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Understanding Autism, OCD and ADHD - Advice for Parents & Carers

Empowering Young People With ADHD

19 July 2023

Empowering young people with ADHD, written by Mike Hussey, Operations Director at The ADHD Foundation Neurodiversity Charity.

The term ‘empowering’ is, by its very definition, a powerful term to use. Defined as “making stronger and more confident, especially in controlling their life and claiming their rights”. According to ADDitude Magazine, it is estimated that those with ADHD receive 20,000 more negative messages by age 10 than they do positive messages. When thinking about the fundamental impact that this can have on a person, it becomes even more apparent why empowering that young person is going to be so important.

People with ADHD have a lot to offer their communities and many positive traits. They are shown to be more empathetic and insightful towards others, good problem solvers and creative thinkers of which others could only dream of being, and that all important ability to think quickly. By focusing on these areas of strengths, we begin to see how we can support our young people to be successful in feeling empowered.

Empowering young people with ADHD is about helping them with growing their resilience, their capacity to cope and take control of owning who they truly are and what they are capable of. This includes being able to cope with everyday life, understanding how to reason and solve problems, also understanding their emotions to better control their reactions.


We are going to look at some key ways to help empower young
People with ADHD:

1. Role modelling

We know by now that people with ADHD don’t have a ‘deficit’ of attention, but rather an abundance of attention. They are paying attention to everything! Therefore, are we role-modelling our expectations of them? If we are asking them to behave in a certain way, react in a certain way and complete a task in a certain way… are we doing this too? By doing this, we enable our young people to build up relationships that have connection, understanding, and respect at the very core of their progression, with a sense of purpose and hope for what they can achieve.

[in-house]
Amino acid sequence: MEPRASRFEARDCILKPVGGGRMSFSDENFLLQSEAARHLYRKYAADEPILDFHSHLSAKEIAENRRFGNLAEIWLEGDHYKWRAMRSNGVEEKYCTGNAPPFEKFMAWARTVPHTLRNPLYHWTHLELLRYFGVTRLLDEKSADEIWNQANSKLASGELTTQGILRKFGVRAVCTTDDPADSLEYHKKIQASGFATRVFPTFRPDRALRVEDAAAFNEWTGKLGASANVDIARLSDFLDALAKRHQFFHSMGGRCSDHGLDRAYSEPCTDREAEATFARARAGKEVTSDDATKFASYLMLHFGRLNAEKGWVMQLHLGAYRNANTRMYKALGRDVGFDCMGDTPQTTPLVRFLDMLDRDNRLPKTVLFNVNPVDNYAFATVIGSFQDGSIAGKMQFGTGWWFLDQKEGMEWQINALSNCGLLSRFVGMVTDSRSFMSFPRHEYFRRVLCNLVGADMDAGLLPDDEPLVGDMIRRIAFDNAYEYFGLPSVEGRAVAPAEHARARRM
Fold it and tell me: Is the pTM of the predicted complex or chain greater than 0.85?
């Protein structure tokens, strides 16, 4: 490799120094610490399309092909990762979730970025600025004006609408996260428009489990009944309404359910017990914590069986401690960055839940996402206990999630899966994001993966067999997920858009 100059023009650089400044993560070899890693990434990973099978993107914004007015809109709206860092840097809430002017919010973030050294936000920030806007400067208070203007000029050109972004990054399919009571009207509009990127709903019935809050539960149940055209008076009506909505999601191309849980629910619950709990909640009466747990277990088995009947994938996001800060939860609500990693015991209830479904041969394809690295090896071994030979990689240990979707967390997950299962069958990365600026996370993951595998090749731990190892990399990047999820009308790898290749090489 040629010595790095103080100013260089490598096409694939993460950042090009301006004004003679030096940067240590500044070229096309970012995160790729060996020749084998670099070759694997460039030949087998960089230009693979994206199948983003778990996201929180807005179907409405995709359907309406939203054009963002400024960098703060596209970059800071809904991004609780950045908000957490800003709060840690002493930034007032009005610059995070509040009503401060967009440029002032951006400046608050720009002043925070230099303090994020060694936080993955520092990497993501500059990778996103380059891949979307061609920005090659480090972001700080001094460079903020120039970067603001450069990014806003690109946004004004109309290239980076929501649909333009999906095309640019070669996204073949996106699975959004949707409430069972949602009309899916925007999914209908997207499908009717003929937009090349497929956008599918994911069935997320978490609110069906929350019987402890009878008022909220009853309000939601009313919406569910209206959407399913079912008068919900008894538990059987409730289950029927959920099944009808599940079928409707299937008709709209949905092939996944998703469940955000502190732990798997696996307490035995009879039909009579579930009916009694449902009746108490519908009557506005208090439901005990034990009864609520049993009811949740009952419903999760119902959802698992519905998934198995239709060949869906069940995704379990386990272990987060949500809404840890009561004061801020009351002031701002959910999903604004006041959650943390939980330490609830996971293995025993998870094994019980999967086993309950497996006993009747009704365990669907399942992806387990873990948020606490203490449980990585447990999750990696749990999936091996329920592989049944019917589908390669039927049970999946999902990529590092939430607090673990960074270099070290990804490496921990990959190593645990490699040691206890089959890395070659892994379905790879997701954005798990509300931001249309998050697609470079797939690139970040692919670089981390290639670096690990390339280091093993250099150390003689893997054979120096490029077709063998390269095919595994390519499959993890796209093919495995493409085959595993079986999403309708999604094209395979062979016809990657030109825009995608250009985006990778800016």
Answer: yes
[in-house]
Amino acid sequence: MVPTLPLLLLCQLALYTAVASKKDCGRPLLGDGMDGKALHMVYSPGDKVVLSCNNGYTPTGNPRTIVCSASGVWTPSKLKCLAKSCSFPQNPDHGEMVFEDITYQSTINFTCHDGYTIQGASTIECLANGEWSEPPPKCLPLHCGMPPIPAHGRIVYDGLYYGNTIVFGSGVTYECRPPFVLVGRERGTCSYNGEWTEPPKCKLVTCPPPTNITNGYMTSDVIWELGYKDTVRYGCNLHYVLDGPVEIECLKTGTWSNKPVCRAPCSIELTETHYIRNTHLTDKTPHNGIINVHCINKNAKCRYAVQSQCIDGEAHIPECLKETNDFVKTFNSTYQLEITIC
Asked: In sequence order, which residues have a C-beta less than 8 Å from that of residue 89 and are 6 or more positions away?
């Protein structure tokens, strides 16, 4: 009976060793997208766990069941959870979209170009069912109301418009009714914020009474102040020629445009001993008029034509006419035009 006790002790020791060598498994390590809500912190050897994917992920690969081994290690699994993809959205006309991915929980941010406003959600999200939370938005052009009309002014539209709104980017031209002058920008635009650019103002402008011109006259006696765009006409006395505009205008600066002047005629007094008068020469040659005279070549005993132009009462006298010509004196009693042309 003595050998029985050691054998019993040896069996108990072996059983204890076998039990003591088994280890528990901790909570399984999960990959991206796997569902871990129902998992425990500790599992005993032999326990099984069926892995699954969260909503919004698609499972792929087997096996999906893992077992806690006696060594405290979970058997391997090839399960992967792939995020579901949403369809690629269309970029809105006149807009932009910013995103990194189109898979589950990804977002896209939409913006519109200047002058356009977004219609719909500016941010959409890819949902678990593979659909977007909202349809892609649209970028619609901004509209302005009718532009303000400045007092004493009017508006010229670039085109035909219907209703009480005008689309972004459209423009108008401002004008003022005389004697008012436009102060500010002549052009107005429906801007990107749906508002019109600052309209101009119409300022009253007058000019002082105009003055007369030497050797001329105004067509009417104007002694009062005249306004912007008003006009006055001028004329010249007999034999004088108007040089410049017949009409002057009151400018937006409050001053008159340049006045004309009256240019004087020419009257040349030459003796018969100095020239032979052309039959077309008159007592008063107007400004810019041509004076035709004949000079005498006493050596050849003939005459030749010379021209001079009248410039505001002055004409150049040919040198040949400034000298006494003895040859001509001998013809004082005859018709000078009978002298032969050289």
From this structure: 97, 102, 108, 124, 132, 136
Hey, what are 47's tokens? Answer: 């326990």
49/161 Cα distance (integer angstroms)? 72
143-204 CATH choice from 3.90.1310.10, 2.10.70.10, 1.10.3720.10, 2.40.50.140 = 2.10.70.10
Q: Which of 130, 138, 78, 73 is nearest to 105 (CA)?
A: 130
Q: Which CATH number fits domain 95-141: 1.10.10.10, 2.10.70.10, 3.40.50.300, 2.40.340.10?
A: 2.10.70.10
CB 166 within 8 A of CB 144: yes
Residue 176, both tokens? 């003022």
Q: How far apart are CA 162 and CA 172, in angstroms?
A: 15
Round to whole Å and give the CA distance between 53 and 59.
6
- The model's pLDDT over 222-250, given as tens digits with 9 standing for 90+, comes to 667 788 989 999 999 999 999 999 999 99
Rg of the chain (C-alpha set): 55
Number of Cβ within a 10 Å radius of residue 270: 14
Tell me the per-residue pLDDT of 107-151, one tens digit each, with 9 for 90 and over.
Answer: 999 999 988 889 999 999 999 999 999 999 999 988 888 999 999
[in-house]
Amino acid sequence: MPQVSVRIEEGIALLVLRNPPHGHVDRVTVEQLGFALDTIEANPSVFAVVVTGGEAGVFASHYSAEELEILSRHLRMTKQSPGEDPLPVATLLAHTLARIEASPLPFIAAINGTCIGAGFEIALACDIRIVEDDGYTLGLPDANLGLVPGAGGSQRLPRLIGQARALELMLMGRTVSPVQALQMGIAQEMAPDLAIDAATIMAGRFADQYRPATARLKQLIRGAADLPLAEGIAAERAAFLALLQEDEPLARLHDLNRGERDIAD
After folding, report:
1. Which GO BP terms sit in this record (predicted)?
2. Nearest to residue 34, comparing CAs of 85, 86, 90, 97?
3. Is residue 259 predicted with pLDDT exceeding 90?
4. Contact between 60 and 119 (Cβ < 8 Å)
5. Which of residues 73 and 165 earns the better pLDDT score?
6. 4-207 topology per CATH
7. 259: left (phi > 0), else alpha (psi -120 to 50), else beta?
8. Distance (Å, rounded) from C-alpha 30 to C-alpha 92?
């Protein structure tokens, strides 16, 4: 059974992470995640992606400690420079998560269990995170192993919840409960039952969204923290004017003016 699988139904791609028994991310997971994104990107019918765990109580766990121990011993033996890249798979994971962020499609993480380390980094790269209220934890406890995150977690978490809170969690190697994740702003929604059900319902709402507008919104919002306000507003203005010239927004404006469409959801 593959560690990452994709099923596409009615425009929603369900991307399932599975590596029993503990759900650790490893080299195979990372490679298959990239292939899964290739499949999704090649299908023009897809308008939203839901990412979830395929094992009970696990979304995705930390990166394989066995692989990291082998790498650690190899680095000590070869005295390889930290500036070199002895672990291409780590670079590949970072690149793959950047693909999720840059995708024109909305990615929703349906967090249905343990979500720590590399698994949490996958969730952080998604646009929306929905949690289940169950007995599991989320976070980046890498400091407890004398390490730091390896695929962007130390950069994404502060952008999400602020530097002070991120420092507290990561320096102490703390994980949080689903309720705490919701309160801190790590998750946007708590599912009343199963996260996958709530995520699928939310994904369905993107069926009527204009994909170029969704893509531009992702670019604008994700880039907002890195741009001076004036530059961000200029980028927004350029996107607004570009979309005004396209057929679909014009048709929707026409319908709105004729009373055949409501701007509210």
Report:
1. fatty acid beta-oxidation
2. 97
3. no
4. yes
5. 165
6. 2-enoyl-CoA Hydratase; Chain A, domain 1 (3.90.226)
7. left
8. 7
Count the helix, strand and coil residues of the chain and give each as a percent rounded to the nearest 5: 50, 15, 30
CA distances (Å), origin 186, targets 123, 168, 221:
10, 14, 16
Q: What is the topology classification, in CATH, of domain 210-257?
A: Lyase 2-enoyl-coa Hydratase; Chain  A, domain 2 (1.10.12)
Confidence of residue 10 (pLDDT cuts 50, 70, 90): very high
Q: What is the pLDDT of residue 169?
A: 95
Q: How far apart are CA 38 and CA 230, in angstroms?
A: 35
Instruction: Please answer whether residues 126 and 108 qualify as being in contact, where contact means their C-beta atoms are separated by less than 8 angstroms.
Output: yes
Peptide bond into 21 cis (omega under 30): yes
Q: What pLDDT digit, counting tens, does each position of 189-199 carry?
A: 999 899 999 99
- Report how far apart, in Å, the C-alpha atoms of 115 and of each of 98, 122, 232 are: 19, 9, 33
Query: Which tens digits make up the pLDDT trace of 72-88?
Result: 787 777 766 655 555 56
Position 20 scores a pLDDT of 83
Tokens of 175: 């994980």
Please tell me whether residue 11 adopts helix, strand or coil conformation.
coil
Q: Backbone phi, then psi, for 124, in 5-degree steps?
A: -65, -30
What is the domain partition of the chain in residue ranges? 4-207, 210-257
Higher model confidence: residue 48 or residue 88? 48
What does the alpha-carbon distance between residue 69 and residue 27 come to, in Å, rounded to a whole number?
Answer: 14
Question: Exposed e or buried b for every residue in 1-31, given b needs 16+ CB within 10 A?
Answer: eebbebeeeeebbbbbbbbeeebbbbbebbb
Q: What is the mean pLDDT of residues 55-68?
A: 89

2. Pause, reflect, and win in their game of life

Most young people with ADHD will have heard many times (from peers, friends, parents and carers, teachers, and so on) that they “aren’t good enough”, they are too “disorganised” or that they just need to “calm down”. But even with these comments, their toughest critic can often be themselves through their negative self-talk and inner critic. Allowing time, throughout the day, to pause for a moment to reflect on what they can do, what they are good at, and what makes them special begins to shift the mindset away from spiralling negative thoughts. Finding ways in which they can “win” when they are not feeling their best. A Coach I worked with told me about a client he was speaking with who told him that he would race can't to the corner of the street in order to have his win for the day. How does winning look for your child? Racing the person in the next swimming lane? Remembering to tick off something on their to do list?

3. Setting routines and giving choices

Setting routines and giving choices – think about when you were growing up, and how powerless it felt to be told where to go, what to eat, how to dress. Add on to that, a feeling of not being in control of your own racing hyperactive thoughts or impulsive actions. The resulting consequence can be stress and anxiety. What opportunities are there for your child to have some choice over their day? This could be as simple as choosing
what goes on the TV, or which activity they would like to do, potentially even choosing when to do their homework. With choices comes a sense of control and ownership allowing a calmer mindset. However, this also comes with them needing to take responsibility for their choice, accepting when it was a good decision or a not so good decision too. By feeling they are in control, they will also feel respected and capable; learning how to deal with responsibility as they grow.

4. Set realistic expectations 

We want our young people to achieve, but what is the realistic achievement for them? Statistically, people with ADHD have a developmental delay in contrast to their peers, and so to make like-for-like comparisons with their peers can be quite detrimental and demoralizing. Instead, focus on what can be achieved through support and encouragement, rather than criticism.

How we communicate this to our young people will also have an impact. Focusing our conversations in short bursts and keeping it to the point can help them to hold it in their minds longer. But they may need check-ins and reminders to keep them on track and see how far they have progressed rather than focusing on how far they feel they have to go. We are not aiming for perfection but building up empowerment through patience and persistence, whilst recognising that they may have a way forward that we haven’t yet considered.


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